The study investigates the feasibility of employing a commercially available mobile health application and social media-based health education intervention to improve breast cancer survivors’ physical activity and health. Observations indicate that the 10-week intervention designed to increase physical activity duration and steps per day decreases body weight and body fat percentage. Improvements in breast cancer survivors’ quality of life were also observed.
In an interdisciplinary collaboration with partners in veterinary medicine at the University of Minnesota and the Michigan State University, researchers in the Human Sensorimotor Control Laboratory examined horses with shivers disease.
An earlier study identified the previously unknown neuropathology of the disease – a degeneration of neurons in the cerebellum. Because the cerebellum is involved in coordinating the control of muscles during movement, the researchers wanted to find out how the loss of cerebellar function affects the muscle recruitment in these horses. Like humans, horses activate more muscle fibers if they want to run faster. However, these horses recruited more muscles and more muscle fibers than necessary, which led to a loss of movement coordination and problems in their balance.
Juergen Konczak, Ph.D., professor in the School of Kinesiology and director of the Human Sensorimotor Control Laboratory, gave a lecture on “Somatosensory training to overcome motor dysfunction in dystonia and Parkinson’s disease” to the University of Minnesota ataxia research group. The ataxia group is an interdisciplinary group of basic science and clinical researchers interested in understanding the neuropathology of ataxia and its treatment. Dr. Konczak spoke about how a sensory-based rehabilitation training can improve motor function in focal dystonia and Parkinson’s disease.
Maureen Weiss, Ph.D., professor in the School of Kinesiology, was recognized with the Legacy Award, the highest honor given by Girls on the Run International at its annual Summit in Austin, TX, in January. Girls on the Run is a 501(c)(3) organization and physical activity-based positive youth development (PA-PYD) program designed to enhance girls’ social, psychological, and physical skills and behaviors to successfully navigate life experiences. The program uses running and other physical activities as a platform for teaching life skills and promoting holistic health outcomes for girls in grades 3-8. The organization’s reach is national—in all 50 states with over 200 local community councils, 50,000 volunteer coaches, and over 1.5 million girls served since inception. The organization is committed to diversity—serving girls from all walks of life and backgrounds. Nearly 50% of girls receive subsidized registration fees to enable them to attain the psychosocial and behavioral benefits of participating in each season’s 10-week program.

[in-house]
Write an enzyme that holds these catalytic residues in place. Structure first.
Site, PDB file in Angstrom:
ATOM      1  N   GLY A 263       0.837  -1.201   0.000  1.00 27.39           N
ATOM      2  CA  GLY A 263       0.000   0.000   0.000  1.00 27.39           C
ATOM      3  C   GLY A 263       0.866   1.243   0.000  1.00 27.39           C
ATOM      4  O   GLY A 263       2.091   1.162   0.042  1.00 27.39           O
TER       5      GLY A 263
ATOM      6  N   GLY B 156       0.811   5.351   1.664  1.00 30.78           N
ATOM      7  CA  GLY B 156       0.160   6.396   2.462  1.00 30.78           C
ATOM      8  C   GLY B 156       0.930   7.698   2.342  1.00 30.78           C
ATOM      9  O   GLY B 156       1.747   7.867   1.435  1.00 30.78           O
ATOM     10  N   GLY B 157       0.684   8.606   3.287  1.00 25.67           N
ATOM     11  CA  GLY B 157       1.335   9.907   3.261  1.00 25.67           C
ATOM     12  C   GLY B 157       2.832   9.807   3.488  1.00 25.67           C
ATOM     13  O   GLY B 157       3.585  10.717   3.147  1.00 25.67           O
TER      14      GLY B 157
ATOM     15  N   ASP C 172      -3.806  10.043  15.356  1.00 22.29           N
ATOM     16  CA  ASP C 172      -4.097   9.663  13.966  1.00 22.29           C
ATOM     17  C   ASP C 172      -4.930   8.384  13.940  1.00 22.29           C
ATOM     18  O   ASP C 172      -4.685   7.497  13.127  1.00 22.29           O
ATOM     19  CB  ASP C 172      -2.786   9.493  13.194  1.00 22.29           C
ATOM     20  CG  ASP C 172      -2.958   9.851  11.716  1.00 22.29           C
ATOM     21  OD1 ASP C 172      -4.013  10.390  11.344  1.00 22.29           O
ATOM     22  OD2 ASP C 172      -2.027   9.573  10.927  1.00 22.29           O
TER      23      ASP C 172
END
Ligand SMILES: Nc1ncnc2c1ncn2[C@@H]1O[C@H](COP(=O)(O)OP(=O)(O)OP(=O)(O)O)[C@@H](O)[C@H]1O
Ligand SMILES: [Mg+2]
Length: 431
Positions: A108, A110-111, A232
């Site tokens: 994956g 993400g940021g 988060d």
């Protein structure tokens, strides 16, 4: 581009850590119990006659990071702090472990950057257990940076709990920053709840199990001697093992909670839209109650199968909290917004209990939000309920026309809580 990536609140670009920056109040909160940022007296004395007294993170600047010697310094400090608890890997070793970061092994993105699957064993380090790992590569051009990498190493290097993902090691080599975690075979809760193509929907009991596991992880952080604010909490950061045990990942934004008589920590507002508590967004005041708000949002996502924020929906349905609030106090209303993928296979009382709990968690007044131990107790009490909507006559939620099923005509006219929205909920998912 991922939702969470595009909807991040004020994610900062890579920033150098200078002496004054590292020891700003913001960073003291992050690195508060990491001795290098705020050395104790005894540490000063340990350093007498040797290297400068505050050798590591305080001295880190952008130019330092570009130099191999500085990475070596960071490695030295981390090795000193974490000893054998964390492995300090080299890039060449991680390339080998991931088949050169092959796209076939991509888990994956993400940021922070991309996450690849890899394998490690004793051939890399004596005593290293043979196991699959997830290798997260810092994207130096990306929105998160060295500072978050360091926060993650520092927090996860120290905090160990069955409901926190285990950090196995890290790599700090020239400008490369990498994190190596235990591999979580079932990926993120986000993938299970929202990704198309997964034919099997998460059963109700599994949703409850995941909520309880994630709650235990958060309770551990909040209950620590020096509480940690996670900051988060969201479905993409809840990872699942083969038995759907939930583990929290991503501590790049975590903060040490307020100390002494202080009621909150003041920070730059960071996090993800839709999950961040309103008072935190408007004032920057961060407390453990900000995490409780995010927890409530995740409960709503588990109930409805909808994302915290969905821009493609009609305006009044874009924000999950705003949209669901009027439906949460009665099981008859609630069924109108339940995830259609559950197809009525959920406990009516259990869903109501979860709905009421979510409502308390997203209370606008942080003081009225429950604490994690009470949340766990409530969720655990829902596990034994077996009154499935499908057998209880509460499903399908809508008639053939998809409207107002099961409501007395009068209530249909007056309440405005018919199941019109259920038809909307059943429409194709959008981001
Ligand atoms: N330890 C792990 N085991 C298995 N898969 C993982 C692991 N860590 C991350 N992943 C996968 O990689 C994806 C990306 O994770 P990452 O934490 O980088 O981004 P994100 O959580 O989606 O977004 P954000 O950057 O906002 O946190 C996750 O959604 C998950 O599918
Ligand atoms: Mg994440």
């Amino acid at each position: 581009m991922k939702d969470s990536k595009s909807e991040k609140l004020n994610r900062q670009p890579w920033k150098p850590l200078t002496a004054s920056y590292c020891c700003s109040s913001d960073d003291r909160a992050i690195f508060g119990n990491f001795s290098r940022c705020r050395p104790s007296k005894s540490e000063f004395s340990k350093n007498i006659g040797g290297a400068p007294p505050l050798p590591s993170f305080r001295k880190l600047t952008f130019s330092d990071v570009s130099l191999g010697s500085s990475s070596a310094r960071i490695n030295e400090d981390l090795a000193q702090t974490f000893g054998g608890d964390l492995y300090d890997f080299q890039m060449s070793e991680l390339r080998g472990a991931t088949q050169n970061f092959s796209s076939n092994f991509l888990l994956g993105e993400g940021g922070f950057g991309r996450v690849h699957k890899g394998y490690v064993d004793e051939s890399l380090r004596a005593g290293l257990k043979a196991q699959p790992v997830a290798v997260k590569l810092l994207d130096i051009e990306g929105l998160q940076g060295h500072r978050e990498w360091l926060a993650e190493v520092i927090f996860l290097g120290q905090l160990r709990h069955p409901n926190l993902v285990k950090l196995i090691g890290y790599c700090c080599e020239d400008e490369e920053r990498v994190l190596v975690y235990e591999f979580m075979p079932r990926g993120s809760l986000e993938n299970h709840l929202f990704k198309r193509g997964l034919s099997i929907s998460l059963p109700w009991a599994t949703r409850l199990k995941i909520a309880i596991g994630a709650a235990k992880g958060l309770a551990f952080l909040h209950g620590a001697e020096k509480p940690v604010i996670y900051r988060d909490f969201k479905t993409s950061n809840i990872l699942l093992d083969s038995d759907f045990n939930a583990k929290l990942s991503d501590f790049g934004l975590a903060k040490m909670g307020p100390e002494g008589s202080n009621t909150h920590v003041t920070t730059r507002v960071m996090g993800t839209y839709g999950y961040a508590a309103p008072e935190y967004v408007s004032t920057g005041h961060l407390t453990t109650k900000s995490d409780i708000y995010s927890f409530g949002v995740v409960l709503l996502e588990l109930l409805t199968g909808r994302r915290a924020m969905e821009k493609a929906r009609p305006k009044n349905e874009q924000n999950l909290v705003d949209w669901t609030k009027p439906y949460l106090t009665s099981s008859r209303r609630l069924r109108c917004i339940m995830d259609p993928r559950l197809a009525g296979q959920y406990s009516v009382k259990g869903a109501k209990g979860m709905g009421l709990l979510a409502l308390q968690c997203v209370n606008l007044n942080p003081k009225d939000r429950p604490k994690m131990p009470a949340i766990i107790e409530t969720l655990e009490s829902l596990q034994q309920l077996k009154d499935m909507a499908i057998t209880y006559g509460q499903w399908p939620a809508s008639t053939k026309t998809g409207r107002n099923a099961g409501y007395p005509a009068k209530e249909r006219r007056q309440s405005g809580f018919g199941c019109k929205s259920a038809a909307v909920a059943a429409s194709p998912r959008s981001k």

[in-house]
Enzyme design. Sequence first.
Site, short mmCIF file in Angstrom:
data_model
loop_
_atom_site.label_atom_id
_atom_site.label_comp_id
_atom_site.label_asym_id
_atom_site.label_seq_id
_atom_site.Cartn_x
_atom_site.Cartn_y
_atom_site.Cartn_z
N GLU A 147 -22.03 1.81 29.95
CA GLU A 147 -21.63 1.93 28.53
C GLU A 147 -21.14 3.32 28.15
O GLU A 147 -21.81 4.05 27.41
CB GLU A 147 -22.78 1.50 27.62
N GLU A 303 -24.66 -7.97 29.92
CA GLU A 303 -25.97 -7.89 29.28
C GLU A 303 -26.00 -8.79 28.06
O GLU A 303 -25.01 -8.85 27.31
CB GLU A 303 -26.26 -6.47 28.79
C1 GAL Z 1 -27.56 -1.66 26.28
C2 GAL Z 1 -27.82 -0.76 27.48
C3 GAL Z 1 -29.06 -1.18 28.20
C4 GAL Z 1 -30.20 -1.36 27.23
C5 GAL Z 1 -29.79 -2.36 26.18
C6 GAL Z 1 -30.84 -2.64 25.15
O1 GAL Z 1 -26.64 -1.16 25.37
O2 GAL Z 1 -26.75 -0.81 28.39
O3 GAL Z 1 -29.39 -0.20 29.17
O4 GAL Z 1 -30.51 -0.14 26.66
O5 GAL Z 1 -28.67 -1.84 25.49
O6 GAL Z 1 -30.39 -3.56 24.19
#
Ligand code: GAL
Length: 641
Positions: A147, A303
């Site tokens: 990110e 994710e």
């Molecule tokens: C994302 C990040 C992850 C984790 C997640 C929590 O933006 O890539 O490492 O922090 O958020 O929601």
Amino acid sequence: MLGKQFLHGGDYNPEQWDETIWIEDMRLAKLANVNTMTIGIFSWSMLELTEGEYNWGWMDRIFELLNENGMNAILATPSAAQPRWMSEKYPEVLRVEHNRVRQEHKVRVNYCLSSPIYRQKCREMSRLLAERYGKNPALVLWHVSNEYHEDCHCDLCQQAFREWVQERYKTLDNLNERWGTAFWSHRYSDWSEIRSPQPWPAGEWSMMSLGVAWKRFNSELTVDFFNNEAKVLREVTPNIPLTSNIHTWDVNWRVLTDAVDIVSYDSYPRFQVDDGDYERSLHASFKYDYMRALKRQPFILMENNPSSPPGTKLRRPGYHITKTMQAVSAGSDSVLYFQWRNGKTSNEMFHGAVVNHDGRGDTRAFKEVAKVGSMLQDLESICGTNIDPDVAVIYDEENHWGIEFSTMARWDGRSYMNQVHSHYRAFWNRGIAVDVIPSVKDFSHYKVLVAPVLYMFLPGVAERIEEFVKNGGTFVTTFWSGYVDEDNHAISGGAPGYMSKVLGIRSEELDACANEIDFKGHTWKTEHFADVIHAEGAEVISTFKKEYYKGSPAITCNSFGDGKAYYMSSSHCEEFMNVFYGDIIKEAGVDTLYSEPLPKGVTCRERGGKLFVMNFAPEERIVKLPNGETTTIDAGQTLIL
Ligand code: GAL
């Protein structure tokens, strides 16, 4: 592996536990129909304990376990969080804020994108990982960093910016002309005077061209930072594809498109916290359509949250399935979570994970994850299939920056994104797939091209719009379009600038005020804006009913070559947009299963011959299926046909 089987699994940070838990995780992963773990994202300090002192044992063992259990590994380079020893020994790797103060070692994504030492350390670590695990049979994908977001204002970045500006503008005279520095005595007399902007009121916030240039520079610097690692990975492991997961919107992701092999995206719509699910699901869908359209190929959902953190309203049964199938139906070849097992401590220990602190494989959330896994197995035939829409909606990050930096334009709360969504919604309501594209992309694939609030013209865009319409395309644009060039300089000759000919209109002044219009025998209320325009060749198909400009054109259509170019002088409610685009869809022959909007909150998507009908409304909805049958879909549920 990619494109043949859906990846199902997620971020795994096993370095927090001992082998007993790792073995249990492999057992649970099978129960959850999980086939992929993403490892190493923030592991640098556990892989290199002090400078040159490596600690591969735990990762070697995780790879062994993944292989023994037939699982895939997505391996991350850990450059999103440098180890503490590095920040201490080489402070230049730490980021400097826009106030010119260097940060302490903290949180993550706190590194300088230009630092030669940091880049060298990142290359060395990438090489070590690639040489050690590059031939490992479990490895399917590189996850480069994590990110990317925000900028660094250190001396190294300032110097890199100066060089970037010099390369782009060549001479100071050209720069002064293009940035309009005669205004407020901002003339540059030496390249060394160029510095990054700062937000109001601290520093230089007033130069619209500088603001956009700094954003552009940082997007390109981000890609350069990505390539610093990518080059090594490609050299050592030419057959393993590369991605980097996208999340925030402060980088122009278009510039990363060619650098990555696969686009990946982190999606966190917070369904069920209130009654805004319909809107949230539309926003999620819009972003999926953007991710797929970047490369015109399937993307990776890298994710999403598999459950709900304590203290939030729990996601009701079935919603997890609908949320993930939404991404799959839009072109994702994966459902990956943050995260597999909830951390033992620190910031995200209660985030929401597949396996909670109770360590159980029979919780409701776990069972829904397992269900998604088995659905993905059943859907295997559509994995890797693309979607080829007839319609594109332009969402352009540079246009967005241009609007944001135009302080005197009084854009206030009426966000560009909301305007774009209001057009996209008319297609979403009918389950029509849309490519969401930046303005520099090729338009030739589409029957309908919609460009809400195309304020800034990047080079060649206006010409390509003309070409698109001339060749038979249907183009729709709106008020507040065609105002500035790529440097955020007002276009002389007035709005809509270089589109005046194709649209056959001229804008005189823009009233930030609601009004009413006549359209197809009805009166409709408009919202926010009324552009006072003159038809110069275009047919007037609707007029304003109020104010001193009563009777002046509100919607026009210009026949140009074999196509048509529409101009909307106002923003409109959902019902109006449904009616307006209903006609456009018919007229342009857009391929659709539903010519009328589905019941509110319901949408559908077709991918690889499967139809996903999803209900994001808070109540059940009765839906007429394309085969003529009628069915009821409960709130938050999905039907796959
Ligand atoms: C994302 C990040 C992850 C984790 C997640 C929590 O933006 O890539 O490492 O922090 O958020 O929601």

Weiss’ Legacy Award was based on eight years and hundreds of hours devoted to serving this non-profit organization—as a board member, consultant, speaker, and contributor to curricular development and effective coach delivery—as well as conducting an independent longitudinal evaluation study that demonstrated strong and lasting positive impact of program participation on girls’ life skills learning and psychosocial and behavioral outcomes—confidence, competence, connection, caring, character, and contribution to community and society. The study received widespread attention in a press release last August and Weiss presented the study results at the Summit meeting in a presentation titled, “How and Why Girls on the Run is an Exemplary Positive Youth Development Program.”
First author of the publication is Leon’s former doctoral student Ulf G. Bronas, Ph.D., ATC, associate professor in the Department of Biobehavioral Health Science, College of Nursing, at the University of Illinois, Chicago.